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  •  Yawberg

Sunday, April 02, 2017 1:00 am

Longtime pastor's journal a 'treasure'

LISA GREEN | The Journal Gazette

Bob Yawberg turned 84 last week, but he's still sharing life's lessons.

A former longtime pastor of Broadway Christian Church in Fort Wayne, Yawberg spent most of his life journaling. That's different from keeping a diary, Yawberg said during a phone inter­view on his birthday Wednesday.

A diary is simply a record of what you've done, where you've been. A journal requires transparency.

“Your thinking, your challenges, your high times, your low times,” Yawberg said. “It's a real treasure of the past.”

My first connection with Yawberg was in late February. He emailed me after I wrote about what a couple of speakers shared at Habitat for Humanity's local “Build on Faith” leadership conference.

One of the speaker's comments stirred some memories about a decision Yawberg made 20 years ago.

Yawberg, who grew up in Ohio, was Broadway Christian's pastor 23 years before beginning a ministry to help encourage other pastors in leadership. He kept a journal most of his life. Retired and living in the Bradenton-Sarasota, Florida, area, he emails about 1,000 people weekly – some outside the U.S. – one of his journal entries from years ago and contrasts it with a more current reflection.

His wife, Marilyn, is his editor. She's tough, he said. She tells him to keep his emails to about 300 words – roughly a page.

“You're not preaching, anymore,” she reminds him.

He's gotten some positive feedback from readers.

“They tell me it's like a spiritual speed bump in the middle of the week,” Yawberg said. “It makes them stop and think.”

Facebook and some other popular online sites didn't exist when Yawberg, who still has family in Fort Wayne, was first getting into leadership and ministry. But he has learned to use social media – along with weekly emails – to keep passing along wisdom in retirement.

New local GLS site

Memorial Coliseum will be the host this year for the Fort Wayne satellite viewing of the Global Leadership Summit, Kelly Byrd announced recently. Byrd, a Sweetwater Sound executive, helps coordinate and oversee the event with a board of directors.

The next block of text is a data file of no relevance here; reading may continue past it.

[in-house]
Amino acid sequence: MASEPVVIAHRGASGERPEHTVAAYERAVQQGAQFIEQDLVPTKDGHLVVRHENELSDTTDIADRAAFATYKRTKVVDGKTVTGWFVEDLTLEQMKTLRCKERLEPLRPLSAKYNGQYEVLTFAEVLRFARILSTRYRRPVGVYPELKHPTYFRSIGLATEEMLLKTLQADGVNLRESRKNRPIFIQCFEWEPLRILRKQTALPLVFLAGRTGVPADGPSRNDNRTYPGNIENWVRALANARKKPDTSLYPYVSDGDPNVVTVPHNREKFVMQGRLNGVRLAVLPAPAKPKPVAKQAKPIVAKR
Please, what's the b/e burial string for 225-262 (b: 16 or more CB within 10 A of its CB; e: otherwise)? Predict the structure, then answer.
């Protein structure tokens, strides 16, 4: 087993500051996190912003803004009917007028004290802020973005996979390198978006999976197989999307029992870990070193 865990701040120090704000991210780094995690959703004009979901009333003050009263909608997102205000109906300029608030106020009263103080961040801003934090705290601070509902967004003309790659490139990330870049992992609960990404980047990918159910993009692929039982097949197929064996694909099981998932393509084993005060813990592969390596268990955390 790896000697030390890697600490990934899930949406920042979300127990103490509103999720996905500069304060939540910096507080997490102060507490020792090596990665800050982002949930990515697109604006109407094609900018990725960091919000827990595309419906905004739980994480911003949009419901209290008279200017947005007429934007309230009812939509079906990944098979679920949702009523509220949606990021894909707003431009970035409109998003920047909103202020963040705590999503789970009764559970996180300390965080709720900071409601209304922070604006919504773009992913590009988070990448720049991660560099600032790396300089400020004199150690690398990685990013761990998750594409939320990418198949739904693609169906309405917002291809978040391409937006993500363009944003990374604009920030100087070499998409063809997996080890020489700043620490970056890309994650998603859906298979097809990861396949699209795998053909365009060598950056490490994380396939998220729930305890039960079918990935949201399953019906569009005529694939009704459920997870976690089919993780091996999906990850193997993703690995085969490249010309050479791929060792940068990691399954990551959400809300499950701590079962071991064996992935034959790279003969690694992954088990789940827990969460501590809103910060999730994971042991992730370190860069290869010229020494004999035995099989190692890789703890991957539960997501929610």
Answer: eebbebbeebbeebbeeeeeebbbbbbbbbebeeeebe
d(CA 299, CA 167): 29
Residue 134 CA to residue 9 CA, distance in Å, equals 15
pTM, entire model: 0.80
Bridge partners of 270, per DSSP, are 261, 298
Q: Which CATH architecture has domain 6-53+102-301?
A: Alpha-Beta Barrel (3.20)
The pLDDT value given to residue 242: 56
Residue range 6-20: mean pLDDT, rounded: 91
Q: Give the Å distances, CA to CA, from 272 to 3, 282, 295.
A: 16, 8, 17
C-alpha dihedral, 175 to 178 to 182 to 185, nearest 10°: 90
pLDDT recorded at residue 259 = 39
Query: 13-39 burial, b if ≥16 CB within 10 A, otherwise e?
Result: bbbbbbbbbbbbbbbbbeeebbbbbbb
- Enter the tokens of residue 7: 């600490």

Fort Wayne last year was the largest-attended satellite site of 300 locations for the Global Leadership Summit. More than 3,300 registered for last year's summit at Grand Wayne Center.

For years, Blackhawk Church on East State Boulevard was the local satellite, until growth prompted organizers to move the broadcast site downtown, where it has also been held at Embassy Theatre.

Summit speakers represent diverse areas.

This year's lineup includes Sheryl Sandberg, chief operating officer, Facebook; Laszlo Bock, author and senior adviser, Google; Juliet Funt, CEO, Whitespace at Work; Andy Stanley, North Point Ministries; and Bill Hybels, founder/pastor, Willow Creek Community Church, where the summit is broadcast from.

Pirate skills for schools

In case there's a chance principals or other educators want to brush up on leadership strategies during spring break, a book released last month might provide interesting reading. “Lead Like a PIRATE: Make School Amazing for Your Students and Staff” was written by Shelley Burgess and Beth Houf.

A book synopsis says readers will learn to “find the treasure” already in their classrooms and school and how to bring out the best in staff.

Characteristics needed to be a pirate leader include personal and professional passion; a willingness to immerse yourself in your work; good rapport with staff, students and community; and the courage to ask questions and analyze what is and isn't working.

Other traits include a determination to seek positive transformation and “the kind of enthusiasm that gets others excited about education.”

To share a thought, a favorite quote or other wisdom about leadership, email Lisa Green at lisagreen@jg.net. Lead On also appears online as a blog at www.journalgazette.net/blog/lead-on/